Prime Minister Justin Trudeau is also a member of the World Economic Forum as is his finance minister and deputy prime minister Chrystia Freeland. Freeland sits on the WEF’s board of trustees along with Larry Fink, CEO of BlackRock. It was Dominic Barton who in January 2016 personally introduced Justin Trudeau as the newly elected prime minister of Canada to the Davos “in-crowd” at the WEF’s annual meeting. As WEF chairman Klaus Schwab informed the audience at his Malcolm H. Wiener lecture at the Harvard Kennedy School’s Institute of Politics in 2017, the views of Trudeau’s government align closely with those of the WEF. But perhaps Canadians should be concerned that Schwab would boast about his organization “penetrating the cabinets” of Canada and other countries. The global mindset that Schwab endorses seems to have underlain a newly elected Justin Trudeau’s assertion to The New York Times that Canada was the “first postnational state” with “no core identity, no mainstream.”
The Advisory Council on Economic Growth calls for…more economic growth!
In December 2015, two months after Justin Trudeau was first elected prime minister, his finance minister Bill Morneau announced the creation of an Advisory Council on Economic Growth. In February 2016, Morneau announced that the Council would be chaired by Dominic Barton, who at the time still headed McKinsey, and the names of all fourteen board members, Mark Wiseman among them, were announced in March. On October 31, 2016, Maclean’s magazine reported that the Department of Finance had confirmed that McKinsey consultants were providing the Advisory Council on Economic Growth, whose members were paid $1 annually and which had no budget of its own, with pro bono “research, analysis and administration.” Such altruism!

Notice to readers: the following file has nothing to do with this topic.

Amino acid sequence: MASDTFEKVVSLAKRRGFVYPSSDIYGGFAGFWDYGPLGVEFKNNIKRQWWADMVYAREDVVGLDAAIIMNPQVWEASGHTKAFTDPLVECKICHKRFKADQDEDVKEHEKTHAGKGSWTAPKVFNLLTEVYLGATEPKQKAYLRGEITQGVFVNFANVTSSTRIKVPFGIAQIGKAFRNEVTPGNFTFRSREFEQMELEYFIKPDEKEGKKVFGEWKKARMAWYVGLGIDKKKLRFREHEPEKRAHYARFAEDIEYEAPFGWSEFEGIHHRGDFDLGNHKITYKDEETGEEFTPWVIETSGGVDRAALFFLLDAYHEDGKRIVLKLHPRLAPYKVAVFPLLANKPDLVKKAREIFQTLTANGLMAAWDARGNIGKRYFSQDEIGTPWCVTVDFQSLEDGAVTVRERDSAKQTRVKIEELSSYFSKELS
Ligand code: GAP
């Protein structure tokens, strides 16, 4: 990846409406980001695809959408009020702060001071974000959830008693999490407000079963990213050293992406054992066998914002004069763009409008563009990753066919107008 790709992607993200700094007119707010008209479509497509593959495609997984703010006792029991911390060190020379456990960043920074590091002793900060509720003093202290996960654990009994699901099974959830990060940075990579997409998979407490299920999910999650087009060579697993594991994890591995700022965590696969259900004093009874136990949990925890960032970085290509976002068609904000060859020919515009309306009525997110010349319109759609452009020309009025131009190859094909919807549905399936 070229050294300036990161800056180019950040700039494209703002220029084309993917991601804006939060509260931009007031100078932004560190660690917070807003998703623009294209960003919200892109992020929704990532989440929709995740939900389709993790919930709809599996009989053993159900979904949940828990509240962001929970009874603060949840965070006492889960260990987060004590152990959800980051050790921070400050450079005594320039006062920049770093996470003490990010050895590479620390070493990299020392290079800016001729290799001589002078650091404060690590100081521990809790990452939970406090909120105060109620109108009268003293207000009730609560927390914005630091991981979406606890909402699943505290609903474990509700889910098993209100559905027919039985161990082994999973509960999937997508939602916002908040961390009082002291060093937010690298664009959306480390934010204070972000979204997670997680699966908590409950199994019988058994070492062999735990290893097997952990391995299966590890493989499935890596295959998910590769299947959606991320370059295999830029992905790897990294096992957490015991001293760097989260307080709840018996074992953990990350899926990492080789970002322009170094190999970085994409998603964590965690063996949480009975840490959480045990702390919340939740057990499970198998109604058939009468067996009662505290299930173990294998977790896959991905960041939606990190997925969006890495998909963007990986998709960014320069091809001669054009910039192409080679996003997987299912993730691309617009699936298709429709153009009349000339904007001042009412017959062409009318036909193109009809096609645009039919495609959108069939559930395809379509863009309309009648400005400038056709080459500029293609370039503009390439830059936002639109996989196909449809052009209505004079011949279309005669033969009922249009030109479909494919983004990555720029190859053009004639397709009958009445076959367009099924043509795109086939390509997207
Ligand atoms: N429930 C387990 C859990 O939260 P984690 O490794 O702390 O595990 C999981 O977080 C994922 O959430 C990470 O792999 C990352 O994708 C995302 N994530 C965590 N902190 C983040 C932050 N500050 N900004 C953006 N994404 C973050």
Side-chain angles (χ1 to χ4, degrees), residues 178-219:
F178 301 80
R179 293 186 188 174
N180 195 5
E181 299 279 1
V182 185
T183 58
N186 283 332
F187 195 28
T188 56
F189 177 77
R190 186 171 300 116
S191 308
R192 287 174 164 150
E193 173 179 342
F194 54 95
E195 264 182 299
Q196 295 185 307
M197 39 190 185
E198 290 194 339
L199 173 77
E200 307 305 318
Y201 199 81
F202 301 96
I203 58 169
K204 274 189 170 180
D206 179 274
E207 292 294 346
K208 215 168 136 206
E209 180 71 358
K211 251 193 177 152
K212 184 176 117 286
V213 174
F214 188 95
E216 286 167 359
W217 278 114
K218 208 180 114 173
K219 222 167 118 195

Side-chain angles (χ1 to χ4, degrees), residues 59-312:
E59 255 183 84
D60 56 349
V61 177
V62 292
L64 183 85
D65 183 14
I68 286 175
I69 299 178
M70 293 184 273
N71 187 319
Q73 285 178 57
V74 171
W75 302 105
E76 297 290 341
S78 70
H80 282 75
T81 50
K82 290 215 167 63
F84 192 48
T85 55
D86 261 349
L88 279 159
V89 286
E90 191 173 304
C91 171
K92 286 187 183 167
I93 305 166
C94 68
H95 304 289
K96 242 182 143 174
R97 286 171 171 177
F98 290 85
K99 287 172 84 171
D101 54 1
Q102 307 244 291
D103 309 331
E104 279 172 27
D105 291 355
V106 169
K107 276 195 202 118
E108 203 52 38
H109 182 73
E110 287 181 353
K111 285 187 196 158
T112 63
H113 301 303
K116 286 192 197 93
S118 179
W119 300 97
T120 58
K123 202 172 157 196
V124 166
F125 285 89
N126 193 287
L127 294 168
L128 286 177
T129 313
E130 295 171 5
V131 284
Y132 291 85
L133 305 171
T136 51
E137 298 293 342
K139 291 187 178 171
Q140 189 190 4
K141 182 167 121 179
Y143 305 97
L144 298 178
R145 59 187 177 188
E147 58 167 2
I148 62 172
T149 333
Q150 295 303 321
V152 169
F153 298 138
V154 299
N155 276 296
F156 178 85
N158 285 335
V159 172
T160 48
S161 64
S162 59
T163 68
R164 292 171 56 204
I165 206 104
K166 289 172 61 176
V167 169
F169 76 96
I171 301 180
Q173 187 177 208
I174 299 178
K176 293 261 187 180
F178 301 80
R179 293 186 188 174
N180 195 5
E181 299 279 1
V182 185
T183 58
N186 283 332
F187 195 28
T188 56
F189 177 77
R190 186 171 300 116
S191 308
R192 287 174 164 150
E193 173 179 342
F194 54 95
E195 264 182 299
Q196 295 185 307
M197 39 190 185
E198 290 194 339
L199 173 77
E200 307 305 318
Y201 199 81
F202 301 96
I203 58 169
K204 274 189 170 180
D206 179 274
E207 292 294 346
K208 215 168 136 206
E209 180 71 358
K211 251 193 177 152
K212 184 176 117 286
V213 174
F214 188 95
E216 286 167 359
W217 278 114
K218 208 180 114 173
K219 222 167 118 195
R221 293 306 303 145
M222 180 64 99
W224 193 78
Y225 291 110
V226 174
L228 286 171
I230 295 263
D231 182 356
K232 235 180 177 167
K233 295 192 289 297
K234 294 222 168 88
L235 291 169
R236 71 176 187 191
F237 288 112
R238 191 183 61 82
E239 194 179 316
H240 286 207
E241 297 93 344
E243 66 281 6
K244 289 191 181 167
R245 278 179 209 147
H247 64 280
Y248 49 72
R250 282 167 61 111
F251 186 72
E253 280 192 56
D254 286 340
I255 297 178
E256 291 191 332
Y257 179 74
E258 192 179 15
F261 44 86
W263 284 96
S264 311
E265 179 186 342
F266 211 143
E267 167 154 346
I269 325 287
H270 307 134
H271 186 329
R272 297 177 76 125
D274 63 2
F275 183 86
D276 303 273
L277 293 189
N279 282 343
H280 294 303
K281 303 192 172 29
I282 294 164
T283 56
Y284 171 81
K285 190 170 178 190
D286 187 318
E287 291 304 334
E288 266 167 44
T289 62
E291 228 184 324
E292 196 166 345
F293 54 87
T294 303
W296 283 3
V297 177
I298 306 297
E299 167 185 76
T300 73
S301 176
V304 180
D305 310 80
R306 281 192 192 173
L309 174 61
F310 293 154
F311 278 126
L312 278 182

In October 2016, the Advisory Council on Economic Growth produced its first report. Not surprisingly, it advocated for a massive increase in immigration, proposing a target of 450,000 immigrants annually, an over 50% increase of already high immigration levels. Subsequent reports (the third and final one released in December 2017) all promoted similarly high targets.
Just over a year after the release of the Advisory Council’s first report, in November 2017, then-immigration minister Ahmed Hussen announced the Trudeau government’s first substantial increase in immigration targets, which were set at 310,000, 330,000 and 340,000 for 2018, 2019 and 2020, respectively. And in November 2022, with many Canadians still suffering economically from the Covid disruption and the cost of housing going through the roof, current immigration minister Sean Fraser announced the new targets of 465,000, 485,000 and 500,000 for 2023, 2024, and 2025, respectively. These targets not only meet but exceed the recommendations of the Advisory Council on Economic Growth.
Based on the many inactive links on what looks like its home page, the Advisory Council on Economic Growth appears no longer to be active. Perhaps the fact that its recommendation to massively ramp up immigration is being implemented by the government means that its mission is essentially accomplished. While the Century Initiative is a registered lobby group, the Advisory Council on Economic Growth promoted essentially the same agenda as an official advisory body.
Is Canada still a sovereign country?
The Century Initiative goes so far as to frame Canada embracing mass immigration as a moral duty. As you scroll along its home page, you are asked, “Which side of history will Canada be on?” It contrasts the “rise in nationalism, populism and anti-immigrant sentiment” globally with Canada’s “openness to immigration” and “culture of multiculturalism and diversity.” The implication is that if Canada does not welcome an ever-accelerating flood of newcomers, it is associating itself with some ugly political ideologies. You will not find anywhere on the Century Initiative’s website any discussion of how certain interest groups (such as speculators, developers, mortgage providers, cheap labour businesses, and politicians seeking the ethnic vote) will reap virtually all the economic and political benefits of Canada’s mass immigration policy while ordinary working Canadians will pay the costs in terms of more congested and polluted cities with less greenspace, increased pressure on already stressed health, education, and social services, as well as on transportation and infrastructure, and increasingly unaffordable housing.